With five National Resource Centers funded by the U.S. Department of Education and other Centers funded internally, Columbia has the most comprehensive area studies program in the United States. The regional institutes, which are housed at the School of International and Public Affairs and cover nearly every part of the world, bring together the University's extensive resources in each geographic area and attract distinguished visiting scholars and speakers to our campus. In addition, to meet the challenges of the twenty-first century—the demands placed on the world's environment, economy, and political institutions—the school has sponsored a number of important research initiatives.
Founded in 1959, the Institute of African Studies provides an intellectual forum for Africa-related activities, outside the classroom. It brings speakers and visiting scholars to the campus, organizes conferences, and serves as a resource center for students seeking opportunities to work, study, and travel in Africa. The institute concentrates on sub-Saharan Africa, while North Africa is included in the programs of the Middle East Institute.
The Center for Brazilian Studies is intended to serve as a regular platform for government officials, business representatives, union leaders, and politicians visiting from Brazil. The center also attracts Brazilian academics, students, and faculty for periods of up to a year in which they focus on their research, interact with their counterparts at Columbia, as well as speak publicly about their research results. Finally, the center serves as a focal point for American students and faculty with deep interest in, and knowledge of, Brazil.
The Center for Iranian Studies was founded in 1968 and is the foremost academic research center in Iranian studies in the United States. The main focus of its activities is an extensive program of scholarly publications, notably the Encyclopaedia Iranica and the Tabari Translation Series. The Center also sponsors or arranges art exhibitions, film screenings, musical performances, and occasional lectures for students, staff and the community.
The Institute for Israel and Jewish studies was founded in 2005, and brings together faculty members and students whose academic interests, divided among several disciplines and departments, are primarily concerned with the study of Jewish civilization or with the State of Israel in its historical and contemporary dimensions.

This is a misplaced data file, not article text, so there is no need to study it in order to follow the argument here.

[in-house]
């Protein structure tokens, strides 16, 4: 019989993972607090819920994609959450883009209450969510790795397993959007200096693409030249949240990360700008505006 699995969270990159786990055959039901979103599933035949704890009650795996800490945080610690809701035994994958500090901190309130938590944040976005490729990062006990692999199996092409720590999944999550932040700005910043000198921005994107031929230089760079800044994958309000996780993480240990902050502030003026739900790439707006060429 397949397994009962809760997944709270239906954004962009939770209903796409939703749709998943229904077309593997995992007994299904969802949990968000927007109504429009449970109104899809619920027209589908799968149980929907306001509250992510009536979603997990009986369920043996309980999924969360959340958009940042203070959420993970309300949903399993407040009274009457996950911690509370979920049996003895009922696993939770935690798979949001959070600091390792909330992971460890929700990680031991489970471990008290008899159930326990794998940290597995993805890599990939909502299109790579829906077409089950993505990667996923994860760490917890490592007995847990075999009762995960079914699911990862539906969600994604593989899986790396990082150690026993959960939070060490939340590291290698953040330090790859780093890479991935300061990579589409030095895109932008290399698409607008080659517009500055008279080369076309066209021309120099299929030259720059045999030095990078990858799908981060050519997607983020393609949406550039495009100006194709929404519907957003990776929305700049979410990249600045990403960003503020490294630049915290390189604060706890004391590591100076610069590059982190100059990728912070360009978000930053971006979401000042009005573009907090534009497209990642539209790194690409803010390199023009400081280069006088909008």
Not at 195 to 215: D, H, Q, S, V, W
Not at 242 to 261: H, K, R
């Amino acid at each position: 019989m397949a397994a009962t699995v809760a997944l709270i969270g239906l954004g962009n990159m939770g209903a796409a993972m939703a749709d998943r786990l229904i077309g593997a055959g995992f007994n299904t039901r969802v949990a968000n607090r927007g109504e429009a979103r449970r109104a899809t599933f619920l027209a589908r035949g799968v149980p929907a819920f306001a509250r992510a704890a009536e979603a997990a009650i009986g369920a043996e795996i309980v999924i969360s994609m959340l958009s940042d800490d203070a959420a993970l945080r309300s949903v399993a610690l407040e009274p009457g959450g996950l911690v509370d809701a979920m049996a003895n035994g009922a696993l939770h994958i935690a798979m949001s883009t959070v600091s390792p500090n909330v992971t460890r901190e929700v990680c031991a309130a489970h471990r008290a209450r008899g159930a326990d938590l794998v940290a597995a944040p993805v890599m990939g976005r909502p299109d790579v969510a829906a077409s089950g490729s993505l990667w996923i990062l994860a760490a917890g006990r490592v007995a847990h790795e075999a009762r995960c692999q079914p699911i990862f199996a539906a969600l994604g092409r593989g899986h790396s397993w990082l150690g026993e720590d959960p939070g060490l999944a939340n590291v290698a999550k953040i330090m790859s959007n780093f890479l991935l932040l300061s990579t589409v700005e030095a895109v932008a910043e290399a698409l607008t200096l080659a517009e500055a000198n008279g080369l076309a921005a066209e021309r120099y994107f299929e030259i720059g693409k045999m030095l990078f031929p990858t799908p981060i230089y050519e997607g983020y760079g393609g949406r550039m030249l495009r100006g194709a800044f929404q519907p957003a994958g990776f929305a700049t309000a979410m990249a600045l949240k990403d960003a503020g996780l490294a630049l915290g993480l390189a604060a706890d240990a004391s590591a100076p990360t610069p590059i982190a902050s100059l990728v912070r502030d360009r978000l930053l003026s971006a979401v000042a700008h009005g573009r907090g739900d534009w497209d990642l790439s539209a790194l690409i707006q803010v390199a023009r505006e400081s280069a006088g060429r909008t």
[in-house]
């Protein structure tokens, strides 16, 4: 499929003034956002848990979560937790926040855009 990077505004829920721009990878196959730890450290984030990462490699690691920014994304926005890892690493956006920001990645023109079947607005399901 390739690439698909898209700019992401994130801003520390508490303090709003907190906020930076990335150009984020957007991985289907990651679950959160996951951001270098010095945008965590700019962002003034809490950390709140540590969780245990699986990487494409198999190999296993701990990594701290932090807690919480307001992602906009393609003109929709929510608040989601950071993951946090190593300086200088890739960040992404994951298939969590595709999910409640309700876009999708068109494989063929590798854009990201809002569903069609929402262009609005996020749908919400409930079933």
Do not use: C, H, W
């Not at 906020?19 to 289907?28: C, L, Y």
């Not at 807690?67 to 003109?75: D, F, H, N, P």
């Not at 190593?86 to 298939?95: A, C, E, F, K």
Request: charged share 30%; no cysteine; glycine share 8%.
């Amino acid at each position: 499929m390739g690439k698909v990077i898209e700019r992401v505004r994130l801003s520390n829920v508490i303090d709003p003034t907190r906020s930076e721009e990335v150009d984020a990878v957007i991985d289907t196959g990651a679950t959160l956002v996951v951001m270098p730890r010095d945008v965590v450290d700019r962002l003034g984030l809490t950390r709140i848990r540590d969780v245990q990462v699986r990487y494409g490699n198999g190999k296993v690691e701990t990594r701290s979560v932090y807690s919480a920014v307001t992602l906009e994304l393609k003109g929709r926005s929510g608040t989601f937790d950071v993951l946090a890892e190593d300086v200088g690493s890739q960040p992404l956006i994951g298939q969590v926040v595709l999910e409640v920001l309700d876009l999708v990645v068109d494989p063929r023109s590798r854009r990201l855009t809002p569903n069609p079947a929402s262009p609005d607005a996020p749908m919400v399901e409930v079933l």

The East Central European Center was established in 1954 to promote the study of the modern history, politics, languages, cultures, and societies of the region. It does so in cooperation with various departments at the University and by arranging for supplemental instruction by visiting and adjunct professors. The center sponsors courses, symposia, conferences, and lectures by prominent scholars and practitioners.
The Harriman Institute is the oldest and largest academic center of its kind in the United States, devoted to the interdisciplinary study of Russia and the other successor states of the former Soviet Union, East Central Europe, and the Balkans. The institute's mandate is to advance scholarly knowledge and public understanding of the polities, economies, societies, and cultures of the Eurasian landmass extending from the Elbe to the Pacific, and from the Arctic to Afghanistan. Towards this end, the institute promotes advanced research and publicly disseminates information, analysis, and opinion generated by its faculty, fellows, students, and other affiliated scholars.
Established in 1947 as the European Institute, the European Institute promotes research and learning on the cultural, political, and socioeconomic issues facing Europe, both inside the EU and in its wider international context. The institute organizes a wide range of activities during the academic year, including formal courses, conferences, colloquia, and lectures by distinguished academics and policymakers.
The Institute of Latin American Studies (ILAS) is the center for Latin America policy development and research at Columbia University. The institute provides its students and faculty with access to the resources of one of the major policy institutions in the world. ILAS also serves as a focal point for a network of Latin American and U.S. scholars engaged in dialogue on a wide range of issues.
The Middle East Institute of Columbia University, founded in 1954, has helped to set the national pace in developing an interdisciplinary approach to the study of the Middle East, from the rise of Islam to the present, with a primary focus on the nineteenth and twentieth centuries. Fostering an interregional and multidisciplinary approach to the region, the institute focuses on the Arab countries, Armenia, Iran, Israel, Turkey, Central Asia, and Muslim diaspora communities.
The South Asian Institute coordinates the many activities at Columbia University that relate to Southern Asia, mainly the countries of India, Pakistan, Bangladesh, Sri Lanka, Nepal, Bhutan, and the Maldives. Its conferences, seminars, exhibits, films, and lecture series bring together faculty and students with widely varying interests and backgrounds.
Since its establishment in 1949, Columbia University's East Asian Institute has been a major center for research, teaching, and publishing on modern and contemporary Asia Pacific activities, covering China, Japan, Taiwan, Hong Kong, the Korean peninsula, and the countries of Southeast Asia. The institute is affiliated with Columbia's schools of business, law, international and public affairs, and Arts and Sciences, bringing together over fifty full-time faculty, a diverse group of visiting scholars and professionals, and more than 250 students from the United States and abroad.